IIoT and the Oil & Gas Value Chain – Part 5: Translating...

IIoT and the Oil & Gas Value Chain – Part 5: Translating Data into Action & Leveraging Analytics

671
0
SHARE
Predictive analytics makes it easy to identify anomalies and provides notifications of abnormal conditions before operational alarms.
Predictive analytics makes it easy to identify anomalies and provides notifications of abnormal conditions before operational alarms.

 

Authors: Maurizio Rovaglio, Vice President, Oil & Gas Technology and Alliances, Schneider Electric, and Jack Creamer, Market Segment Manager, Pumping Equipment–Industry Business, Schneider Electric

Digital applications and services are critical to end users achieving the business performance gains promised by IIoT. Data collection must be extended to include analytics that are simple to interpret and that deliver pertinent and valuable business information. This typically requires Oil & Gas companies and their OEM suppliers to work together to optimize solutions within their larger system.

By linking the information derived through analytics via wireless connectivity and cloud-based architectures, the result is the correlation of differentiating analytics at the process control level. Simple measurements plus complex analytics equate to customer value.

Dashboards that compile the analytics gathered from the field utilize contextual information, such as real time events, alarms, drifts, and historical data, to help operators make more precise resource allocation decisions.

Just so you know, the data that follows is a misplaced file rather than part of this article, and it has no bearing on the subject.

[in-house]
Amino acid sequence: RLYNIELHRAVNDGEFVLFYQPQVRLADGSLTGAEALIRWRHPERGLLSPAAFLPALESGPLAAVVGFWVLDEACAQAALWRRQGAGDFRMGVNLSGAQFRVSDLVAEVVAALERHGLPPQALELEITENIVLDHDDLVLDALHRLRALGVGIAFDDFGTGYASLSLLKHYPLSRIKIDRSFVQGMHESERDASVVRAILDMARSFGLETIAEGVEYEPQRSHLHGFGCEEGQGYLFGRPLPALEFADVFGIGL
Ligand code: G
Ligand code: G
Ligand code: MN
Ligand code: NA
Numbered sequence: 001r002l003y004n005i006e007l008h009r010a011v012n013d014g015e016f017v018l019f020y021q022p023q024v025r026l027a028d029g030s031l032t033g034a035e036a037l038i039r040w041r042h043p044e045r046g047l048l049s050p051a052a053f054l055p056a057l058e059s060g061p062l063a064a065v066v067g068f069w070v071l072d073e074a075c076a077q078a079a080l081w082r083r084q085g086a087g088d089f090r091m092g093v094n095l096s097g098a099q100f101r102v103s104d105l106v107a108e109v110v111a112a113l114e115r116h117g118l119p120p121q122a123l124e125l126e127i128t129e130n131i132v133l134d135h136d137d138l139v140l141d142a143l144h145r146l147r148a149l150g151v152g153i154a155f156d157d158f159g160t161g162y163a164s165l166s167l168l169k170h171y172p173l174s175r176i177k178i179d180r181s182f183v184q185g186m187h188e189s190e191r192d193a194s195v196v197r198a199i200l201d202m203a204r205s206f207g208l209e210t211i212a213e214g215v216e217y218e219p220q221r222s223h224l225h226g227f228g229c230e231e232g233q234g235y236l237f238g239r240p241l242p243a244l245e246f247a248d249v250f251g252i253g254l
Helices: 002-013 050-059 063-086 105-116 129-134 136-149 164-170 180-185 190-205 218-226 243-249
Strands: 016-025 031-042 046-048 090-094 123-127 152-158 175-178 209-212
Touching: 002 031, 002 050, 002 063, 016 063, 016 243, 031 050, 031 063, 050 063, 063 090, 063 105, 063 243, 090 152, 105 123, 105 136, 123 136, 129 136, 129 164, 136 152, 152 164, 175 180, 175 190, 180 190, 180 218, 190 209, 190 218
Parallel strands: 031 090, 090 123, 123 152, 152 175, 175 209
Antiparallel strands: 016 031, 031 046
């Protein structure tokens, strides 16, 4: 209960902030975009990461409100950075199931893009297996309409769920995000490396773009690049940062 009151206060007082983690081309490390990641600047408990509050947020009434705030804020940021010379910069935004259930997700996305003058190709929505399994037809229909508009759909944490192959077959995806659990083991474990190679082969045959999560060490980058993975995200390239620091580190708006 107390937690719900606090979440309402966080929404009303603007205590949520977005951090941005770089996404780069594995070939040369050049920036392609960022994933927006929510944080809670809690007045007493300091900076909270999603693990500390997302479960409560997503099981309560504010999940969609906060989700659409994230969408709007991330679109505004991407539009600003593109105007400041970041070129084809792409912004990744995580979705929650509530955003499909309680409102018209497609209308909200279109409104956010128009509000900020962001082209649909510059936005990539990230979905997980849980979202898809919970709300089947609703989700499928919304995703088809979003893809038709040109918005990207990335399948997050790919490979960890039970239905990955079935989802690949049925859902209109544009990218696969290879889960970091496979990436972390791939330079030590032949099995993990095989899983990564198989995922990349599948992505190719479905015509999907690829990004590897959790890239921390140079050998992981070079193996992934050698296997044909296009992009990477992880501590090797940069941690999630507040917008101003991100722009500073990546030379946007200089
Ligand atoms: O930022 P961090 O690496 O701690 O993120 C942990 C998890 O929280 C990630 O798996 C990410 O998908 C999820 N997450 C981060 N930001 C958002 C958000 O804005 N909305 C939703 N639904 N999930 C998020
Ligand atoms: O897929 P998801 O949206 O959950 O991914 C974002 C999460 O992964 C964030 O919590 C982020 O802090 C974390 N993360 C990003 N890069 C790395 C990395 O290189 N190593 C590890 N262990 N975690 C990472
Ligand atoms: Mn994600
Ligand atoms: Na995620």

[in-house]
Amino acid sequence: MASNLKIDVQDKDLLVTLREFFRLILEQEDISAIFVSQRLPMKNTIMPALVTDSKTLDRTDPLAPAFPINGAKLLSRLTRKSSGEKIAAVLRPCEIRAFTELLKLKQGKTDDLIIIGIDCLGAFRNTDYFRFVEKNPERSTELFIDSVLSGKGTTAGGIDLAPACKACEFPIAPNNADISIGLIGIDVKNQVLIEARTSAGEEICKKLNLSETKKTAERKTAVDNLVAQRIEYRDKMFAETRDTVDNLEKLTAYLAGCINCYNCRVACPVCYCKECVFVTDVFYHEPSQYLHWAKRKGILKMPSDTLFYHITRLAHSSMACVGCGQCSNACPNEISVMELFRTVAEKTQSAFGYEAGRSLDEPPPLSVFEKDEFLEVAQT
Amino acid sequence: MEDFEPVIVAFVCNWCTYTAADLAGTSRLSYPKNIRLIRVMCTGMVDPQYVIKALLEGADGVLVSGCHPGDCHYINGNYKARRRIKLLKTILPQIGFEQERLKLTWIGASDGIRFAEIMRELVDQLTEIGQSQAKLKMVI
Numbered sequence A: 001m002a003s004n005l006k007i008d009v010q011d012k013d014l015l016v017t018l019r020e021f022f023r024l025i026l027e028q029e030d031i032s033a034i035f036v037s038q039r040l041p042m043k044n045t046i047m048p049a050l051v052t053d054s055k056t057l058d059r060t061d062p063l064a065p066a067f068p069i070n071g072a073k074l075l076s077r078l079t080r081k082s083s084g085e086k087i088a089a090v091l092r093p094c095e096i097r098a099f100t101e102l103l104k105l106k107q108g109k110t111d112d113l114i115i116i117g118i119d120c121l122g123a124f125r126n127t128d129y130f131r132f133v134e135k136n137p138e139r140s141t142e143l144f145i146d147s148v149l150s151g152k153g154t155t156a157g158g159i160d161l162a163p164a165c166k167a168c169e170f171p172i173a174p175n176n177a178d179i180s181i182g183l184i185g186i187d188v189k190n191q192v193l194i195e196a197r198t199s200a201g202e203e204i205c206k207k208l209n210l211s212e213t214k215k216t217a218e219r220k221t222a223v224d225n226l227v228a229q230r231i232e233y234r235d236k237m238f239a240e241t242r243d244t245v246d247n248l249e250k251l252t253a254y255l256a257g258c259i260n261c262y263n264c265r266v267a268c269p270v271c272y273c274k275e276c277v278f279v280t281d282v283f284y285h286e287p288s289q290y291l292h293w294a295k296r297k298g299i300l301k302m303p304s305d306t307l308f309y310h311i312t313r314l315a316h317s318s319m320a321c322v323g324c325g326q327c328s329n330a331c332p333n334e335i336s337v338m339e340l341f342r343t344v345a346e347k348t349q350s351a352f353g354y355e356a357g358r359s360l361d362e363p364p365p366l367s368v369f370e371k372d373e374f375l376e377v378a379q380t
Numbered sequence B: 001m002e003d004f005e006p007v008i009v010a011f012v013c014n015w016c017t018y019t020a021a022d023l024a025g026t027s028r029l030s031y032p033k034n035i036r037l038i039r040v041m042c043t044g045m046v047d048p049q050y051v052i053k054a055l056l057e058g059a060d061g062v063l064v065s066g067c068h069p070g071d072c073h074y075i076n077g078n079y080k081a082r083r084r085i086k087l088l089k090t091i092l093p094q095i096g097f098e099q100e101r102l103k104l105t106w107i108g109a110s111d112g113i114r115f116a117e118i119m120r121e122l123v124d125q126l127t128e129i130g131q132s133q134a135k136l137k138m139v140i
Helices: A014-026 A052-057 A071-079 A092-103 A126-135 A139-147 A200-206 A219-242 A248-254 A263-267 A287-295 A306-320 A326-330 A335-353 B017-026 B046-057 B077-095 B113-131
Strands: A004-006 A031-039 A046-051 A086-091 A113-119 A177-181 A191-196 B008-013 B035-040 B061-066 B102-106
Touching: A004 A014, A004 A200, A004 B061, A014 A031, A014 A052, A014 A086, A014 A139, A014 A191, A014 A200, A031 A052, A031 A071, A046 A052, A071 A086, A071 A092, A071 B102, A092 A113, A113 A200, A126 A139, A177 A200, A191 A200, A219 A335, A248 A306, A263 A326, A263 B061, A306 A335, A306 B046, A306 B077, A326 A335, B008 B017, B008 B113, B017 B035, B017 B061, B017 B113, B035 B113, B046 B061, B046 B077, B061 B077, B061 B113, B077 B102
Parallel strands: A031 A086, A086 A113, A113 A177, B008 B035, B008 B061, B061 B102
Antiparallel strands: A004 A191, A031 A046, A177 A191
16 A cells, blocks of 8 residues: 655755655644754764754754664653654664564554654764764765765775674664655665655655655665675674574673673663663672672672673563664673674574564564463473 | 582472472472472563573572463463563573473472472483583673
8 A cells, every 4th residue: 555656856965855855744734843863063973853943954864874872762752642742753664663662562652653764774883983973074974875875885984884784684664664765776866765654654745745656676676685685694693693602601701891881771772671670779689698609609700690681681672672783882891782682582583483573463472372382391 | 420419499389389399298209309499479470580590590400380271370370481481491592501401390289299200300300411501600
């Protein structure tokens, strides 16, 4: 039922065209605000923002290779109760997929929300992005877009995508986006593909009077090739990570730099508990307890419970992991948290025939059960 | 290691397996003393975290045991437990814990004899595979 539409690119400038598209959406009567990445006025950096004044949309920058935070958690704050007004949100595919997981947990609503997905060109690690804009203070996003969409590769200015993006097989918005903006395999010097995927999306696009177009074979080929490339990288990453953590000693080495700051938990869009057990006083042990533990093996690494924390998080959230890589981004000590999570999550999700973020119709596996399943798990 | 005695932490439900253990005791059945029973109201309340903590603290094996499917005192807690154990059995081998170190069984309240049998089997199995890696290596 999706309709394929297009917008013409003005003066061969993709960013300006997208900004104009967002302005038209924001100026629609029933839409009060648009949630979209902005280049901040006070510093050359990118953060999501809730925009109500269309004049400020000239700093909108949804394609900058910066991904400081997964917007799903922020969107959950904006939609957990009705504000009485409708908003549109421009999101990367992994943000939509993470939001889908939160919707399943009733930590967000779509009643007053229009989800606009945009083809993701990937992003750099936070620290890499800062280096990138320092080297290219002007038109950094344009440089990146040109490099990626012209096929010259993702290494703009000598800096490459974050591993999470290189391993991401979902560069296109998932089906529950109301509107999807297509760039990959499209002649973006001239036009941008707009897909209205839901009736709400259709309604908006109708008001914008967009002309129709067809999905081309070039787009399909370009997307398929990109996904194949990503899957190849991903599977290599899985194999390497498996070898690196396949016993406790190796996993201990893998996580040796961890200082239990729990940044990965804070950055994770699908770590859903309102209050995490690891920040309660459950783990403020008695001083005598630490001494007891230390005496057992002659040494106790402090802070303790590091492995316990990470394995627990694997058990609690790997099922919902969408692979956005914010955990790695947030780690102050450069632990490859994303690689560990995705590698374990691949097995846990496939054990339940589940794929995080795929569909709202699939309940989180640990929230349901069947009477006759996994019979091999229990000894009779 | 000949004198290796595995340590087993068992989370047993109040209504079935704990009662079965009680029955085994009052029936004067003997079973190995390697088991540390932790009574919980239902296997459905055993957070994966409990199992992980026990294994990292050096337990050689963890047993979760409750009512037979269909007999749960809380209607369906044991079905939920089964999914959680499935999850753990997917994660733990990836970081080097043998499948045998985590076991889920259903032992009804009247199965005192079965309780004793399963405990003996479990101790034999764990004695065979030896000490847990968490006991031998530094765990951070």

In these early stages of IIoT rollout, applications which benefit the most from these advanced analytics include installation optimization, asset management and protection, condition based monitoring, and augmented reality applications.

For example, predictive asset analytics solutions are typically based on algorithms called Advanced Pattern Recognition (APR) and Pump System technology. The tool learns an asset’s unique operating profile during all loading, ambient and operational process conditions. Existing Pump System sensor data is input into the software modeling process and compared to real-time operating data to determine subtle deviations from expected equipment behavior and to alert operators of any deviations as appropriate.

This article is part of an eight-part series looking at how the Industrial Internet of Things (IIoT) concepts are transforming the Oil & Gas industry business model. For more information, please visit: goo.gl/4ohXN7.

READ PART 1  |  READ PART 2  |  READ PART 3  |  READ PART 4  |  READ PART 6  |  READ PART 7

About the Authors

Maurizio Rovaglio is Vice President of Oil & Gas Technology and Alliances at Schneider Electric in Italy. Mr. Rovaglio holds multiple patents and has authored over 100 technical articles published in international scientific journals, and has delivered presentations at multiple international conferences. Mr. Rovaglio has over 15 years’ experience in software sales, marketing, resource planning and project execution in the O&G domain across the world.

Jack Creamer is Schneider Electric Segment Marketing Manager – Pumping Equipment, based in the United States. Mr. Creamer has more that 30 years in the Electrical Industry, and has been involved for 10 years in the Pumping Industry. He is involved in key industry organizations such as the Hydraulic Institute and Submersible Wastewater Pump Association, where he holds both Committee Chair and Board level positions. In his time in the Pump industry, he has help Schneider create numerous solutions that both enhance pumping efficiency and address issues such as maintenance and downtime.

NO COMMENTS

LEAVE A REPLY

Sign up to our newsletter!